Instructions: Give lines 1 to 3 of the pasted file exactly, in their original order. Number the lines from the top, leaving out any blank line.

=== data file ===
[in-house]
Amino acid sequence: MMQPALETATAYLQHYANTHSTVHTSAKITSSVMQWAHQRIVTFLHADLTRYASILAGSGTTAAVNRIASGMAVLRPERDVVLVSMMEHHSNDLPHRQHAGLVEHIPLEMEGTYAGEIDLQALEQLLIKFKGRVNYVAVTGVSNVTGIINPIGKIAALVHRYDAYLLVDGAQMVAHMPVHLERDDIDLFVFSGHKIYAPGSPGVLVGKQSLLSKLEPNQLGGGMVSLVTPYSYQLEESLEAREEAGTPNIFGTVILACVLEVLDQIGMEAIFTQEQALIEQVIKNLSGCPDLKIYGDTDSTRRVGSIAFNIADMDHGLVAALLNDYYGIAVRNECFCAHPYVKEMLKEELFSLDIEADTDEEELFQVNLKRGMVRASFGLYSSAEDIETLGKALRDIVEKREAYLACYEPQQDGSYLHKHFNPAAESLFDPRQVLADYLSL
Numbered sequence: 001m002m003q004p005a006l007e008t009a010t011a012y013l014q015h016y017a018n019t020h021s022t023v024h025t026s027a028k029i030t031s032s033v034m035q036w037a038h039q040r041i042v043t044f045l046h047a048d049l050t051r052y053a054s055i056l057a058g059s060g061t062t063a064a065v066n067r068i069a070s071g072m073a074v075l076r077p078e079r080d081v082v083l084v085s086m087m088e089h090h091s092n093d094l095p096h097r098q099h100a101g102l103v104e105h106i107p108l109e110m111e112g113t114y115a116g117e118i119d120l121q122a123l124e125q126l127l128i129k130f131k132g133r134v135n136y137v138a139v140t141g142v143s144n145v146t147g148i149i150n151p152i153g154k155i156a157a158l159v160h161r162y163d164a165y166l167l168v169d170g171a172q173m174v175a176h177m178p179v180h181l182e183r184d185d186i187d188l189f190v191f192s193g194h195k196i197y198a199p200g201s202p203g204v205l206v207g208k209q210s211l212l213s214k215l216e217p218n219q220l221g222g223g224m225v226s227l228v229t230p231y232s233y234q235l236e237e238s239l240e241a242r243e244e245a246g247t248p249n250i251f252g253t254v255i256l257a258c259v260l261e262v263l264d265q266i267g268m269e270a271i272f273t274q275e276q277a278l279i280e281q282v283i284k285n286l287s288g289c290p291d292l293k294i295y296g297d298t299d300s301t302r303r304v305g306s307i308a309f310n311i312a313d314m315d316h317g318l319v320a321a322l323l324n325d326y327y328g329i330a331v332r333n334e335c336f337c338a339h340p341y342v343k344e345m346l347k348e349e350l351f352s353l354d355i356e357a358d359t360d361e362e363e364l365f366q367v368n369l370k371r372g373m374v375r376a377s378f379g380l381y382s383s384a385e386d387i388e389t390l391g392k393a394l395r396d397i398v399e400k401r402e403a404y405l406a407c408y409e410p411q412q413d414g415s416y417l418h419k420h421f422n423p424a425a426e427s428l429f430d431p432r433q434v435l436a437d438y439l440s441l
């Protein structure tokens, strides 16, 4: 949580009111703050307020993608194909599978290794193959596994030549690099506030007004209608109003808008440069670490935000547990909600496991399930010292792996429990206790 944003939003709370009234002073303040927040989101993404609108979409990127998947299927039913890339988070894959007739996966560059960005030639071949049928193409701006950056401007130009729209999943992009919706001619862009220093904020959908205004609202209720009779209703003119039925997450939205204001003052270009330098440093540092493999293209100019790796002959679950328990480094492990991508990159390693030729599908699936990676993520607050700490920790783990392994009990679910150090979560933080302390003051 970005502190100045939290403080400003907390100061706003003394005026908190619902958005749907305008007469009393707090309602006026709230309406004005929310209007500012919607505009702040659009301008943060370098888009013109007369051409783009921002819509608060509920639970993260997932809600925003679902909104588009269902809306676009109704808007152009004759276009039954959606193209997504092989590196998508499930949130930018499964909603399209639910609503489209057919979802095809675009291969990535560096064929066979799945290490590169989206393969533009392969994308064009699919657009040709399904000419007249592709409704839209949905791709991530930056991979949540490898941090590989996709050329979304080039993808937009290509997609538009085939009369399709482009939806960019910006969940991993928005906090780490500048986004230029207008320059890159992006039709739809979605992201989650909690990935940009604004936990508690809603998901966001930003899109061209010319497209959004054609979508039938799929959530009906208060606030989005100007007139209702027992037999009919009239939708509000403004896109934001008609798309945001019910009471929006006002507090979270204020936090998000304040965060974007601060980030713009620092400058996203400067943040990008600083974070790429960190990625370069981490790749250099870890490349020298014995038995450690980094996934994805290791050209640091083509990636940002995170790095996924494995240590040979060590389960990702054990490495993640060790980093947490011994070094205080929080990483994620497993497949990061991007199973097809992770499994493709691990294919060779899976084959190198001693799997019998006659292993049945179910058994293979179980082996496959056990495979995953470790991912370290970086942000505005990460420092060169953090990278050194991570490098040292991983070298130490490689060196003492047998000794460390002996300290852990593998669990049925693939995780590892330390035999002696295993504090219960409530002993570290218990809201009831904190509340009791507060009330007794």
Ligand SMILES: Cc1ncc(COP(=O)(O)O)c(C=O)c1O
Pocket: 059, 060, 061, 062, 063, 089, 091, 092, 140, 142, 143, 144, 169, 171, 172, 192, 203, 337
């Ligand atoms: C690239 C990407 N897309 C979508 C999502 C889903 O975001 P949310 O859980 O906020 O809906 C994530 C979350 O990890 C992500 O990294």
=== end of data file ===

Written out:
[in-house]
Amino acid sequence: MMQPALETATAYLQHYANTHSTVHTSAKITSSVMQWAHQRIVTFLHADLTRYASILAGSGTTAAVNRIASGMAVLRPERDVVLVSMMEHHSNDLPHRQHAGLVEHIPLEMEGTYAGEIDLQALEQLLIKFKGRVNYVAVTGVSNVTGIINPIGKIAALVHRYDAYLLVDGAQMVAHMPVHLERDDIDLFVFSGHKIYAPGSPGVLVGKQSLLSKLEPNQLGGGMVSLVTPYSYQLEESLEAREEAGTPNIFGTVILACVLEVLDQIGMEAIFTQEQALIEQVIKNLSGCPDLKIYGDTDSTRRVGSIAFNIADMDHGLVAALLNDYYGIAVRNECFCAHPYVKEMLKEELFSLDIEADTDEEELFQVNLKRGMVRASFGLYSSAEDIETLGKALRDIVEKREAYLACYEPQQDGSYLHKHFNPAAESLFDPRQVLADYLSL
Numbered sequence: 001m002m003q004p005a006l007e008t009a010t011a012y013l014q015h016y017a018n019t020h021s022t023v024h025t026s027a028k029i030t031s032s033v034m035q036w037a038h039q040r041i042v043t044f045l046h047a048d049l050t051r052y053a054s055i056l057a058g059s060g061t062t063a064a065v066n067r068i069a070s071g072m073a074v075l076r077p078e079r080d081v082v083l084v085s086m087m088e089h090h091s092n093d094l095p096h097r098q099h100a101g102l103v104e105h106i107p108l109e110m111e112g113t114y115a116g117e118i119d120l121q122a123l124e125q126l127l128i129k130f131k132g133r134v135n136y137v138a139v140t141g142v143s144n145v146t147g148i149i150n151p152i153g154k155i156a157a158l159v160h161r162y163d164a165y166l167l168v169d170g171a172q173m174v175a176h177m178p179v180h181l182e183r184d185d186i187d188l189f190v191f192s193g194h195k196i197y198a199p200g201s202p203g204v205l206v207g208k209q210s211l212l213s214k215l216e217p218n219q220l221g222g223g224m225v226s227l228v229t230p231y232s233y234q235l236e237e238s239l240e241a242r243e244e245a246g247t248p249n250i251f252g253t254v255i256l257a258c259v260l261e262v263l264d265q266i267g268m269e270a271i272f273t274q275e276q277a278l279i280e281q282v283i284k285n286l287s288g289c290p291d292l293k294i295y296g297d298t299d300s301t302r303r304v305g306s307i308a309f310n311i312a313d314m315d316h317g318l319v320a321a322l323l324n325d326y327y328g329i330a331v332r333n334e335c336f337c338a339h340p341y342v343k344e345m346l347k348e349e350l351f352s353l354d355i356e357a358d359t360d361e362e363e364l365f366q367v368n369l370k371r372g373m374v375r376a377s378f379g380l381y382s383s384a385e386d387i388e389t390l391g392k393a394l395r396d397i398v399e400k401r402e403a404y405l406a407c408y409e410p411q412q413d414g415s416y417l418h419k420h421f422n423p424a425a426e427s428l429f430d431p432r433q434v435l436a437d438y439l440s441l